Kinds of ice rescue.
self-rescue – самоспасение
assumption – предположение
floatation – плавучесть, флотация
extricating – выводящий
to pull – тянуть
pike – пика, копье, вилы
pole – столб, шест, жердь
inflated – надутый, напыщенный
removal – удаление
to maintain – поддерживать
impact – влияние
freeze up – замерзнуть
proficient – искусный, умелый, опытный, знаток, специалист
civilian – гражданский, гражданин
to garner – сложить
28 person who has fallen through the ice – человек, провалившийся под лед
29 rescuer - спасатель
30 rope - веревка
31 table (or similar device) – стол или схожее приспособление
32 ladder - лестница
Ice rescue is a process that should not be approached from a last-minute perspective. If you have the possibility of such an operation in your jurisdiction, you owe it to yourselves and your crews to ensure they understand the environment and have the proper equipment. Practicing the procedures required to perform a safe rescue in the frigid environment that is ice rescue is vital.
Self-rescue makes the assumption that the victim may be able to assist themselves. Floatation devices can assist with the initial phase of the self-rescue, but some way of extricating the victim is required. This may be as simple as a throw-bag or ice awls may
be necessary for the victim to pull themselves out of the ice hole they created.
This is an easy proposition should the rescuer be within the range to reach the victim with an arm or a tool. Simple tools such as pike poles, ladders, tree limbs or an inflated fire hose can be used to reach the victim. Like the self-rescue approach, the victim must be able to assist themselves.
If the ability to reach a victim is out of the question, we have an option of throwing something to them to assist with removal. This item can consist of water-rescue throw bags, line guns, floatation buoys, life rings. Any object that floats may be used. When throwing an object to a victim, the rescuer must be able to maintain control over it, usually with a line tied to the floatation device to ensure the victim can be pulled to safety. This method is again based on the ability of the victim to assist themselves.
This method of rescue is the most hazardous of the options. It forces one of the rescue personnel to place themselves in the same environment that caused the problem in the first place. For this to occur, the rescuer has to have some method/equipment that ensures that they will float and stay warm such as an ice rescue suit. Remember, the water has proven its ability to cause hypothermia — don't allow that to occur to the rescuer if it can be avoided. The rescuer must also have a line attached to allow for the removal of both them and the victim once contact has been established.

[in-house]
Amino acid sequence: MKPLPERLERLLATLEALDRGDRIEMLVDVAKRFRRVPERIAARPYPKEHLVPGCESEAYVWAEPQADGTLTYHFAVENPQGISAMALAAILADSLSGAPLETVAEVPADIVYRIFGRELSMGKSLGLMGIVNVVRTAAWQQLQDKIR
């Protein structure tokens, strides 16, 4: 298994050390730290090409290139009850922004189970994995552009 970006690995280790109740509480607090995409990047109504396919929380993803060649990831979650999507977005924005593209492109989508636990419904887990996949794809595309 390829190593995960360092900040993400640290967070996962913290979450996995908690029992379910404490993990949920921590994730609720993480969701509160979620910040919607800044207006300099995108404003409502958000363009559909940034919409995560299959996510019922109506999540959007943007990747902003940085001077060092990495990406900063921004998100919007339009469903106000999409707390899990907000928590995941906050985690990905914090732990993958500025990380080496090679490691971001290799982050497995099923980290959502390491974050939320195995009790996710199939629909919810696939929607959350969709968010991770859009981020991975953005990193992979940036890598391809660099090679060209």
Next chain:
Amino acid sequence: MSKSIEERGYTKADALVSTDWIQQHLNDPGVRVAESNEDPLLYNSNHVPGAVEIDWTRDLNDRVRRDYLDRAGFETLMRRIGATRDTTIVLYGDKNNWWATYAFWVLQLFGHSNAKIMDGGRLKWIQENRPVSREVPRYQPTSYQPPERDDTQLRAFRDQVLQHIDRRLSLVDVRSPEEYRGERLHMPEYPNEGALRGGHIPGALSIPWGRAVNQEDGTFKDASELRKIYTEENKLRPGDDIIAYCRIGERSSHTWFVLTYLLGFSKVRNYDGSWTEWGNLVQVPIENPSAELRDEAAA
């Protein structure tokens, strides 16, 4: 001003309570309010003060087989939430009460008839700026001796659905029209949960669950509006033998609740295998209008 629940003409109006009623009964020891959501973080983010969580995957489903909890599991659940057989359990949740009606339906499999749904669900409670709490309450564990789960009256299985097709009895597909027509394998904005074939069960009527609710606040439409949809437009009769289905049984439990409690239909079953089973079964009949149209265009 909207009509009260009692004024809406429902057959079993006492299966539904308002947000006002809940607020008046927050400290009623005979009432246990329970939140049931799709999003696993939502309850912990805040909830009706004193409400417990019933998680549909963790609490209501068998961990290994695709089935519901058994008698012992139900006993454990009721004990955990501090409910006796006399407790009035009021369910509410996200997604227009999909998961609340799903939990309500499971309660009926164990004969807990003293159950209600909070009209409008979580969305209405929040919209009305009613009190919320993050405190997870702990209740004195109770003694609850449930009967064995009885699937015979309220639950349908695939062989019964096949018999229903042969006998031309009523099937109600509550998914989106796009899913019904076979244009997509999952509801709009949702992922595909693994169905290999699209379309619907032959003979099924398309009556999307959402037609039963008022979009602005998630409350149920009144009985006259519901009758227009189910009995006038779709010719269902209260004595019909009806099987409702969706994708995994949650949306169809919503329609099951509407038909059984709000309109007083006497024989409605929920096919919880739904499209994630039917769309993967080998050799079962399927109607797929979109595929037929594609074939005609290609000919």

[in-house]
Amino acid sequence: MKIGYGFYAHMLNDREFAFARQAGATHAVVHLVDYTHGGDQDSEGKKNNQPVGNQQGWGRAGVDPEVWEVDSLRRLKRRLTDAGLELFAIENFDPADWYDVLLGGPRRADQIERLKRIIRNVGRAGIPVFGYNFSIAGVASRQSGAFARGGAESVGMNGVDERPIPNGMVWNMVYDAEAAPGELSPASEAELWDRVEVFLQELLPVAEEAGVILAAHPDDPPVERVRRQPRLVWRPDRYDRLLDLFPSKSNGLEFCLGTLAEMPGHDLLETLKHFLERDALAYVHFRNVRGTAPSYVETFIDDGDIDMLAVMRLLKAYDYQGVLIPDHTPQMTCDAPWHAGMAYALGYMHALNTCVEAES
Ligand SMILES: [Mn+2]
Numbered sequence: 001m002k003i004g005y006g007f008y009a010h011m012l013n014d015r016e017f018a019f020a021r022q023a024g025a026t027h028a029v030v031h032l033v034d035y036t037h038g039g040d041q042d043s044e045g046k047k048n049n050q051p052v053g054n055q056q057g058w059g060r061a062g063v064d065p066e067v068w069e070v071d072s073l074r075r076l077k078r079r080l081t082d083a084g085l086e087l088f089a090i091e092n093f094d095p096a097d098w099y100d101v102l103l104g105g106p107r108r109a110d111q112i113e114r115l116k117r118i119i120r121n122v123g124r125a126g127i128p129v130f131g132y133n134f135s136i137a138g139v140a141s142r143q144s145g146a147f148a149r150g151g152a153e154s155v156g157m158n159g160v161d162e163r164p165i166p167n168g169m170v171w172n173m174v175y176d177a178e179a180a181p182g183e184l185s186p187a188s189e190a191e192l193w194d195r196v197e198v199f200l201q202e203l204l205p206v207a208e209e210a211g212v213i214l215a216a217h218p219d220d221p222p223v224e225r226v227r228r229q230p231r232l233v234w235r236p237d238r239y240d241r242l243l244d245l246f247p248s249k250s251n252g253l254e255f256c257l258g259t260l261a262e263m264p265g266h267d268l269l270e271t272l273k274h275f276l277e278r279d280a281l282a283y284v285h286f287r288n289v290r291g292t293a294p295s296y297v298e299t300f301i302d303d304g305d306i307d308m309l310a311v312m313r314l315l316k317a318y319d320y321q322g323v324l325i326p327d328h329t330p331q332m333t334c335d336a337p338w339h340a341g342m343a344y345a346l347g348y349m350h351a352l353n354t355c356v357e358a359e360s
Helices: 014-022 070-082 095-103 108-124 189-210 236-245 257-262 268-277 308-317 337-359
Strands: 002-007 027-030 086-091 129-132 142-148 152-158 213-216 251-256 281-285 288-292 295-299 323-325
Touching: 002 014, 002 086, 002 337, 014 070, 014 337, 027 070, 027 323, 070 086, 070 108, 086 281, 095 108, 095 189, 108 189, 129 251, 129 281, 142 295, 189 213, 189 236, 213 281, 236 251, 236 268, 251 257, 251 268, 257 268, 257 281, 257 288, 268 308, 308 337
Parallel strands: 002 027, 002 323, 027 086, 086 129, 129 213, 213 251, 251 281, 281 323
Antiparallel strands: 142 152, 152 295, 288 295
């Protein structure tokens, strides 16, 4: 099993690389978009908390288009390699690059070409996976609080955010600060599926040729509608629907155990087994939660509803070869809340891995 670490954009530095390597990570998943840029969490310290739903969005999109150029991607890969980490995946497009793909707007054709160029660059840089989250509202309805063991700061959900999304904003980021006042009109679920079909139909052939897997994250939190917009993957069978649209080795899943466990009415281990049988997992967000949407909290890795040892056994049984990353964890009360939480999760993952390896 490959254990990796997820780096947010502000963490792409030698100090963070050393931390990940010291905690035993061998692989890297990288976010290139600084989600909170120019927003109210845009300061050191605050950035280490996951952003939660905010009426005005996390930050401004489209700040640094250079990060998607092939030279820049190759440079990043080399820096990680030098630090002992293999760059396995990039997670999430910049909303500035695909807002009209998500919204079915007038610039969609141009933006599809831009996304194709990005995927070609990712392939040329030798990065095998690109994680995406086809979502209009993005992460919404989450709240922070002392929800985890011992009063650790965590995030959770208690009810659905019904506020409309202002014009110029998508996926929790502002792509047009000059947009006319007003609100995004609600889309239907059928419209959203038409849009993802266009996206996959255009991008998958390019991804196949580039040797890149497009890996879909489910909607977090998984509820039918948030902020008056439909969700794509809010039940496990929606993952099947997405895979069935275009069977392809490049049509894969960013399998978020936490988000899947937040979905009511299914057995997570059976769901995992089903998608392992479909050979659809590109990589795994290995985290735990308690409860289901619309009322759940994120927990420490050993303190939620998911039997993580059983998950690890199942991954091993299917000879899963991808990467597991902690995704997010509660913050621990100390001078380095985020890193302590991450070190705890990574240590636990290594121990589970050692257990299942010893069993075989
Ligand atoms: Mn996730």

There are a number of techniques that can be utilized for this to occur, which in themselves would require a separate article. If you are not aware of these options, take the time to contact local and regional experts for the necessary information. This article is meant as a rapid "Cliff Notes" version of ice rescue. If you have not taken the time to assess your district's needs when considering ice rescue, it is recommend you do so. If you have already performed a needs analysis and know you have a possible ice rescue impact that could occur in your area, have you taken the time to obtain the proper equipment and training to allow your personnel to perform this technique safely? If not, are you familiar with how to contact those who can? Having used them, one that can be recommended is Dive Rescue International.
It's vital that personnel practice the skills associated with ice rescue as soon as the lakes/ponds/streams freeze up enough to support their weight and get proficient. You probably practiced last year, but remember the need to those skills! Remember only go on the ice if the victim can not assist themselves, have a few backup plans, train with those other rescuers you may be providing service with on these calls and select the safest plan to perform the rescue. We have the ability to perform rapid safe rescues of civilians with this skill. In addition, this is one skill that will garner significant positive support when practiced.
Exercise I. Переведите текст и ответьте на вопросы:
1) How is self-rescue made?
2) What can be used as a “throw”?
3) How can you describe a “go” method?
4) What should you remember when you go on the ice?
Exersice II. Найдите соответствие между словосочетаниями в колонках А
water-rescue throw bags быстрое безопасное спасение
floatation buoys водные спасательные мешки
life rings средства массовой информации
ice rescue suit отдельный предмет
separate article костюм спасателя во льдах
rapid safe rescue плавучий буй
media outlets спасательные круги
ice awls вздутый пожарный рукав
line guns шило для льда
inflated fire hose трос
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